Supreme Court of Minnesota
251 Minn. 188 86 N.W.2d 689 (1957)
Case arises out of a dispute between a store and potential buyer of a piece of fur that was refused to the buyer by the defendant store. The store had an ad in the paper that published that it would sell a piece of fur for $1 to the person who was able to get there first.
Trial court awarded plaintiff $138.50 in damages for a breach of contract. Defendant appealed for a trial de novo or amended findings of fact.
When is an advertisement a legally enforceable offer of a contract? Was there a specific performance advertised for another specific performance?
Arguments for Both Parties
Plaintiff argues that he upheld all of the elements of the offer stated in the ad in the paper and that his acceptance of the ad is legally enforceable. Defendant argues that the ad is a unilateral offer that can withdrawn by the offeror at anytime. It is more of an invitation to an offer, which may be accepted or rejected and which therefore does not become a legally enforceable contract till the offeror accepts the offeree’s proposal to accept the invitation.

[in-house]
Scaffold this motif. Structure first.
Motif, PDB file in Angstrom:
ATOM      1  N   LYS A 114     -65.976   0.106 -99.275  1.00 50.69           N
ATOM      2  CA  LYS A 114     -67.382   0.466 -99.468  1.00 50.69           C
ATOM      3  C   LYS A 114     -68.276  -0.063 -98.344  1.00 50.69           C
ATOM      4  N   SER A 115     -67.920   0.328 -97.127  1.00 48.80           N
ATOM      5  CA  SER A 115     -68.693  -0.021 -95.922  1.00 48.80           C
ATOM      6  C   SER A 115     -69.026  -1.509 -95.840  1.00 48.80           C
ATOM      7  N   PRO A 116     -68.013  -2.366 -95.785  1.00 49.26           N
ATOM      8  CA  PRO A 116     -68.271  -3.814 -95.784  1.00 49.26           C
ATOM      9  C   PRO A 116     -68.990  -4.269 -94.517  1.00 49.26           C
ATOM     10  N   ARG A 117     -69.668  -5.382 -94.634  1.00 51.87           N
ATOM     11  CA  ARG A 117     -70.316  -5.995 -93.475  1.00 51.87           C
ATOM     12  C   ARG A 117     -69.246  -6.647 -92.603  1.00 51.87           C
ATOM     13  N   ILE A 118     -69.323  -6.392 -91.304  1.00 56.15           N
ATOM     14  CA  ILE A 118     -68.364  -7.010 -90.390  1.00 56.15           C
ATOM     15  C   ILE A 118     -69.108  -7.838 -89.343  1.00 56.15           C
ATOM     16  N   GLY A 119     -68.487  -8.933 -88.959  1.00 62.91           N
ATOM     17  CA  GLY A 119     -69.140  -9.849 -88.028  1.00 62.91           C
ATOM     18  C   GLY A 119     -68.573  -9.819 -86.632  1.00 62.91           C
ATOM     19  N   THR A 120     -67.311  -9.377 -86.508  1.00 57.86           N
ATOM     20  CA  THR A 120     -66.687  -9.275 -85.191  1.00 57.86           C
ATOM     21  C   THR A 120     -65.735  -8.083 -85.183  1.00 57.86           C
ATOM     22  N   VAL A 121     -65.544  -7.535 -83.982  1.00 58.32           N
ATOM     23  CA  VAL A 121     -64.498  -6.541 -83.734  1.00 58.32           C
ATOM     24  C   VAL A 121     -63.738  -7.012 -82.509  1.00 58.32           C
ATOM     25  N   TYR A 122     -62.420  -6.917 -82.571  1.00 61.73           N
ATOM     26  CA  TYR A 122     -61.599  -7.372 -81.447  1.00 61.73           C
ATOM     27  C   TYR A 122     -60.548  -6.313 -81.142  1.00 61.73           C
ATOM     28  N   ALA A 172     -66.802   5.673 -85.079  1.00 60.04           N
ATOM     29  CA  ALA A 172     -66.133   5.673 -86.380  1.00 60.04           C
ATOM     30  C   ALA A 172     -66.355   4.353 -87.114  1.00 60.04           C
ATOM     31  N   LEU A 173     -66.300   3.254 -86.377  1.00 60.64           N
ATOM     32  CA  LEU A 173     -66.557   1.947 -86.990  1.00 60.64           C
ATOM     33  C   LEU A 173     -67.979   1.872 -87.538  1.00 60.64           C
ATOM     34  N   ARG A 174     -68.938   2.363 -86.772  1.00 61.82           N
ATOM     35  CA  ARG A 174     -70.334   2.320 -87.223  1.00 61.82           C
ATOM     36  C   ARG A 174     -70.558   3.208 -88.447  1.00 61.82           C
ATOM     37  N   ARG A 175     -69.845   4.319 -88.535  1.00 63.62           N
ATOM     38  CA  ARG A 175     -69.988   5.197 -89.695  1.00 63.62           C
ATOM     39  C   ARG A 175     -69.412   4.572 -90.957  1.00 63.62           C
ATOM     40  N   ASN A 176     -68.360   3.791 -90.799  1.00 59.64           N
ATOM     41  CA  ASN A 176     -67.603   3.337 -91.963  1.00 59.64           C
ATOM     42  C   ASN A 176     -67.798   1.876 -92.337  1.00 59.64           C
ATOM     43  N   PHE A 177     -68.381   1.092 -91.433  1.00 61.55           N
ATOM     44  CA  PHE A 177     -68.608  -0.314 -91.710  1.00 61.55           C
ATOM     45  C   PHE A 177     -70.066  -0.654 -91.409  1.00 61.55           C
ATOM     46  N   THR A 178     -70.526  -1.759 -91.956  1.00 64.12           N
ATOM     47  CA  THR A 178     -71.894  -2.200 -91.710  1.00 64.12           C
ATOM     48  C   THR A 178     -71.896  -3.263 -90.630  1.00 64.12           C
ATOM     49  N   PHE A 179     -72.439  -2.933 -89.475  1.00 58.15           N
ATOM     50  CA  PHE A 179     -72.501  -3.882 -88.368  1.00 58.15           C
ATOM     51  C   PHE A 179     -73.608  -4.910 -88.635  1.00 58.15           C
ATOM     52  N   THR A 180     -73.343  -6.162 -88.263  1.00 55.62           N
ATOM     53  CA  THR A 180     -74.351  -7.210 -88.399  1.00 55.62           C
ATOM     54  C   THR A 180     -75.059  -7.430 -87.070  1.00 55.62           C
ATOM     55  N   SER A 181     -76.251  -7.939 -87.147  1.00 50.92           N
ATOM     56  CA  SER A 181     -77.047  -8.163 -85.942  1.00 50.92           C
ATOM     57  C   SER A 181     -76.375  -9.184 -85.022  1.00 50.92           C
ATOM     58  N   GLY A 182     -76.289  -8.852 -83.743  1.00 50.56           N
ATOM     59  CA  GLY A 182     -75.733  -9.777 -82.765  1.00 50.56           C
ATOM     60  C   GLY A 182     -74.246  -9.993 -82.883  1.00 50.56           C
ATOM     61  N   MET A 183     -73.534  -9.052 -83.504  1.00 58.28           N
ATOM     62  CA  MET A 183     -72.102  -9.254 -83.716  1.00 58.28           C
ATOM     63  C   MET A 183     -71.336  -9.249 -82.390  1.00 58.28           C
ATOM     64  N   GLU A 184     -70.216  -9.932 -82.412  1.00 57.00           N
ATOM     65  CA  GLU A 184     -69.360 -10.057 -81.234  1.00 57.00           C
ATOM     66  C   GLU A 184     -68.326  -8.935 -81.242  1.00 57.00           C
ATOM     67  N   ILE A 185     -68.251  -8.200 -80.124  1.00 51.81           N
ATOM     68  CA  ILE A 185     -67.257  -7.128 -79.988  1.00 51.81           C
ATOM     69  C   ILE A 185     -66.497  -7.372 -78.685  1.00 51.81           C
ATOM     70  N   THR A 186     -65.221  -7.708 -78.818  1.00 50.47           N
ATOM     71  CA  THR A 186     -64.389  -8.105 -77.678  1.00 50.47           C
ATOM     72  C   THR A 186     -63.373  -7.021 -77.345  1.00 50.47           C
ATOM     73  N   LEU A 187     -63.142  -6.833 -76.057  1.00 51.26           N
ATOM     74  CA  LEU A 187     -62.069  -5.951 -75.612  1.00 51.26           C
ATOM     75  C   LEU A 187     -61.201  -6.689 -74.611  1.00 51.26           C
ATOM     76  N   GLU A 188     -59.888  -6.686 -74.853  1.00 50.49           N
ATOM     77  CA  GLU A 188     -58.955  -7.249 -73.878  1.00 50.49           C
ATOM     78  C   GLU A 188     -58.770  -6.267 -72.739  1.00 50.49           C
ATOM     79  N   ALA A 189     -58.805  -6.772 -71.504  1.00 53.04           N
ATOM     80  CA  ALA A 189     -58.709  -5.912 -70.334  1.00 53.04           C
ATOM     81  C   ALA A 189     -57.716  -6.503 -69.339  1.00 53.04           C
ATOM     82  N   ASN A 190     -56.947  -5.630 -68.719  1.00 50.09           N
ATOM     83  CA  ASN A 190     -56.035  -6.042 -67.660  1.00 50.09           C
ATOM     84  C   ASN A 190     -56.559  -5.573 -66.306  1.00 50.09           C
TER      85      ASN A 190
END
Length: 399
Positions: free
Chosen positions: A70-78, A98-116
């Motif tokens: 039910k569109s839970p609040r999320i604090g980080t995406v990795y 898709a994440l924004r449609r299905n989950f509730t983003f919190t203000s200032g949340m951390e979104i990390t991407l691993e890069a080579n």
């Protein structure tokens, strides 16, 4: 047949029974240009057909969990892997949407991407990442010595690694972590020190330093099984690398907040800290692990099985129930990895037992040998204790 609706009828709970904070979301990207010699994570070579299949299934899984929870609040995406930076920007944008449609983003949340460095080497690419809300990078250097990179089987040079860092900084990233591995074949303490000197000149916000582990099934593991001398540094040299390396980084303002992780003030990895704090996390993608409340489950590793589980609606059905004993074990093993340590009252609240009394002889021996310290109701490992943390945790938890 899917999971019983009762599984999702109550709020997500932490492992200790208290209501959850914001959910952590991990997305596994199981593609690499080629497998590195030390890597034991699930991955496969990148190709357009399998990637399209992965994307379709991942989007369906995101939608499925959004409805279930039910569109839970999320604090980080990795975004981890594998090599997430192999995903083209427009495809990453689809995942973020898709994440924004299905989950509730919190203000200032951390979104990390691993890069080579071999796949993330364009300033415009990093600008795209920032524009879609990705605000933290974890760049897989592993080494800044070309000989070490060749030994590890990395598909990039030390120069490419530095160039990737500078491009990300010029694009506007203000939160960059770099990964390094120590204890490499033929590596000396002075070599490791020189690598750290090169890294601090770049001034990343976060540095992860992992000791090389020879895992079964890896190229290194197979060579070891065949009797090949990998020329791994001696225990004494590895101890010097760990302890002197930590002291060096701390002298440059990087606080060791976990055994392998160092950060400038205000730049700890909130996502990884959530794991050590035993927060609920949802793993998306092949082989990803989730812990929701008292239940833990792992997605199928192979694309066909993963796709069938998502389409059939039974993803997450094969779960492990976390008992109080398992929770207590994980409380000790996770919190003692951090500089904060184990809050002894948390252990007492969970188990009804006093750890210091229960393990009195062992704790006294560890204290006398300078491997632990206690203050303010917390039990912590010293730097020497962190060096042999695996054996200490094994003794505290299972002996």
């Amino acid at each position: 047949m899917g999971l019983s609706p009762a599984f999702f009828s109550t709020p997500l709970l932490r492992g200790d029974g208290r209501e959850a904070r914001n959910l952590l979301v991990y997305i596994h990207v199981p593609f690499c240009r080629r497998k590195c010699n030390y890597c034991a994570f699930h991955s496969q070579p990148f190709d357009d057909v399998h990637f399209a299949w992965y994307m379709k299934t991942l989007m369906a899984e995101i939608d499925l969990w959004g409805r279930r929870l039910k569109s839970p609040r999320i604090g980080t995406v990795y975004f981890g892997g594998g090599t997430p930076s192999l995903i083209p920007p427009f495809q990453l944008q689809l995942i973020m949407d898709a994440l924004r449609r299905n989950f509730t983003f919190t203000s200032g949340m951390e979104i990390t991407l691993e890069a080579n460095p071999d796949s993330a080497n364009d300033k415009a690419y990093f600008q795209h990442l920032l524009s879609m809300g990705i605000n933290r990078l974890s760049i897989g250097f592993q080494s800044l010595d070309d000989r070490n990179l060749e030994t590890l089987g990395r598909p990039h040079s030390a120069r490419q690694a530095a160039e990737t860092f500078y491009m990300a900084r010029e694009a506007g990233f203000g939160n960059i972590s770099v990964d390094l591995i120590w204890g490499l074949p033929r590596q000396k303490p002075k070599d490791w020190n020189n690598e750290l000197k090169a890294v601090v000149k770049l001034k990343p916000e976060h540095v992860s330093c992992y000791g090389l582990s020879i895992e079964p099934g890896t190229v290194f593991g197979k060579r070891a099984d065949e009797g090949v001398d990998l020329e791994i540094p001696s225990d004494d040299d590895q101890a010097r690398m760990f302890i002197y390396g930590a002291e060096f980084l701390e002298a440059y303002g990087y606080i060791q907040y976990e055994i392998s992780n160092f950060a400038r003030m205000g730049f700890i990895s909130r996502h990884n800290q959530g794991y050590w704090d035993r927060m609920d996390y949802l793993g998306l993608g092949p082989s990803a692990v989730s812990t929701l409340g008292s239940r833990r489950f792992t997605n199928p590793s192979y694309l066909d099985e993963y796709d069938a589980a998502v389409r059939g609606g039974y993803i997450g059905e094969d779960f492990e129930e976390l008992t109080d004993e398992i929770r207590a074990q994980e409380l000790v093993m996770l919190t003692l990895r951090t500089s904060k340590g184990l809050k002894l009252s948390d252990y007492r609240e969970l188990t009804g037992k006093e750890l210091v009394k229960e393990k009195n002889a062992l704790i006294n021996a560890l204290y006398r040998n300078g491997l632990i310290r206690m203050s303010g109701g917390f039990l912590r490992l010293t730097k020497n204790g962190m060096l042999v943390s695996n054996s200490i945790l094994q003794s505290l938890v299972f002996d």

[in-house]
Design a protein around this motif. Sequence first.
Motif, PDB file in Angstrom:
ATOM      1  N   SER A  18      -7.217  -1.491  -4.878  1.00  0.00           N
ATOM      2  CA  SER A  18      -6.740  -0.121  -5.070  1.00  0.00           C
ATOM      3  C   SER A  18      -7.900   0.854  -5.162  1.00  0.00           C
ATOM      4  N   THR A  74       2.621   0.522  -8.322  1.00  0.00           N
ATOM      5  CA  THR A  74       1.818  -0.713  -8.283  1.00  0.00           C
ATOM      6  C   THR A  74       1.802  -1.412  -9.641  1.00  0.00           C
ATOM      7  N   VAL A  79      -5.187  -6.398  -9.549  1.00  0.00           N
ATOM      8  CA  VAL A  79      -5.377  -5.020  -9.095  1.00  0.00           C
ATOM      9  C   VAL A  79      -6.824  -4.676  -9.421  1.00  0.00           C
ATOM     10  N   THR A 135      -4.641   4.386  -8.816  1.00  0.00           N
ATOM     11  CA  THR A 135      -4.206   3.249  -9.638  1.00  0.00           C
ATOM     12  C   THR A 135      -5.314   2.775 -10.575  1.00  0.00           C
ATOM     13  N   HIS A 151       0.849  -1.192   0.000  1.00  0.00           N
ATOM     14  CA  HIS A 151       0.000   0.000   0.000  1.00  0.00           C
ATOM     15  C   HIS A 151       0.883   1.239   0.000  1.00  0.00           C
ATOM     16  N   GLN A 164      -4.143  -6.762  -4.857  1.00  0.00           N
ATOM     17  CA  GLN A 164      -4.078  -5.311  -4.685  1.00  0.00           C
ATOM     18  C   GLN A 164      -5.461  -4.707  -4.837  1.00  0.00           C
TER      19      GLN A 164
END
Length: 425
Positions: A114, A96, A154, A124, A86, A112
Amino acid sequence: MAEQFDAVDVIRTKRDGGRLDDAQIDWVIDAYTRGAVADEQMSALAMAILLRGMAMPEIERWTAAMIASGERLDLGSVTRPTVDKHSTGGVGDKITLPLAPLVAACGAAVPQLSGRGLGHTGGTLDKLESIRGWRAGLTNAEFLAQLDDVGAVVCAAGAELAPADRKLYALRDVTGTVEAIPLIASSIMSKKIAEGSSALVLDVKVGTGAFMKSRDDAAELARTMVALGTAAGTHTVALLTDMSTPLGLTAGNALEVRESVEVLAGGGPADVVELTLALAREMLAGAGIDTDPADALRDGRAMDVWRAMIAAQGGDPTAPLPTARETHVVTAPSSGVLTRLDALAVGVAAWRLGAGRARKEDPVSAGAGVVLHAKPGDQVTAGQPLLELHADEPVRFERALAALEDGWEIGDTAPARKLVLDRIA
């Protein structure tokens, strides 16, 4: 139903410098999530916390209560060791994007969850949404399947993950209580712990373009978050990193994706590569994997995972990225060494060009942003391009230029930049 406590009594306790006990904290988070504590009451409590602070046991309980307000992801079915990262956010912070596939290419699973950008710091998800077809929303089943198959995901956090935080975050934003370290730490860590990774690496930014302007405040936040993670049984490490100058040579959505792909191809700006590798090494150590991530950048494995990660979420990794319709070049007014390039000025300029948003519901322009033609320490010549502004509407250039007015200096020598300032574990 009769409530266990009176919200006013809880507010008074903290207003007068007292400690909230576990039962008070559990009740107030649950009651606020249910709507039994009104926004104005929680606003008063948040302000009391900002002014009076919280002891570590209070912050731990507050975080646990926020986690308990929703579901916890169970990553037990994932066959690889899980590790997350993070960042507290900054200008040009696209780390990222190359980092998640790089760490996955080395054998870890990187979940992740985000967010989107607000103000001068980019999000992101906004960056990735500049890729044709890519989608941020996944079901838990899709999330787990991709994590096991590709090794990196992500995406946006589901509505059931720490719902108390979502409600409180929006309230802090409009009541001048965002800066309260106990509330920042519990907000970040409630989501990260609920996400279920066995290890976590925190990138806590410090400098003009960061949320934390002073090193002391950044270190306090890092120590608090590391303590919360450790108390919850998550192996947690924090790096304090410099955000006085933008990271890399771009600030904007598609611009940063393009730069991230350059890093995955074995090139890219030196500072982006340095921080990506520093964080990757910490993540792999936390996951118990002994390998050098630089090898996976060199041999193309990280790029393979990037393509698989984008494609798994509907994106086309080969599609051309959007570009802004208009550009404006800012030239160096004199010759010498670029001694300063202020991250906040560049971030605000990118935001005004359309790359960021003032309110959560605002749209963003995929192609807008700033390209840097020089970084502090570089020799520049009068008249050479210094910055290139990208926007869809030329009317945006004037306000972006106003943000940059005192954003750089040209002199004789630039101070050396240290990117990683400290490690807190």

The court holds that the trial court did not err in its affirmation for the Plaintiff of damages of $138.50, court also holds that the terms of the agreement cannot be changed with house rules outside of the specific performances laid out in the legally enforceable offer.
If an advertisement has specific rewards for specific performances that are reasonable, clear, definite, explicit, and leave nothing open for interpretation, the advertisement constitutes an offer, acceptance of which by the consumer or the offeree will complete the contract.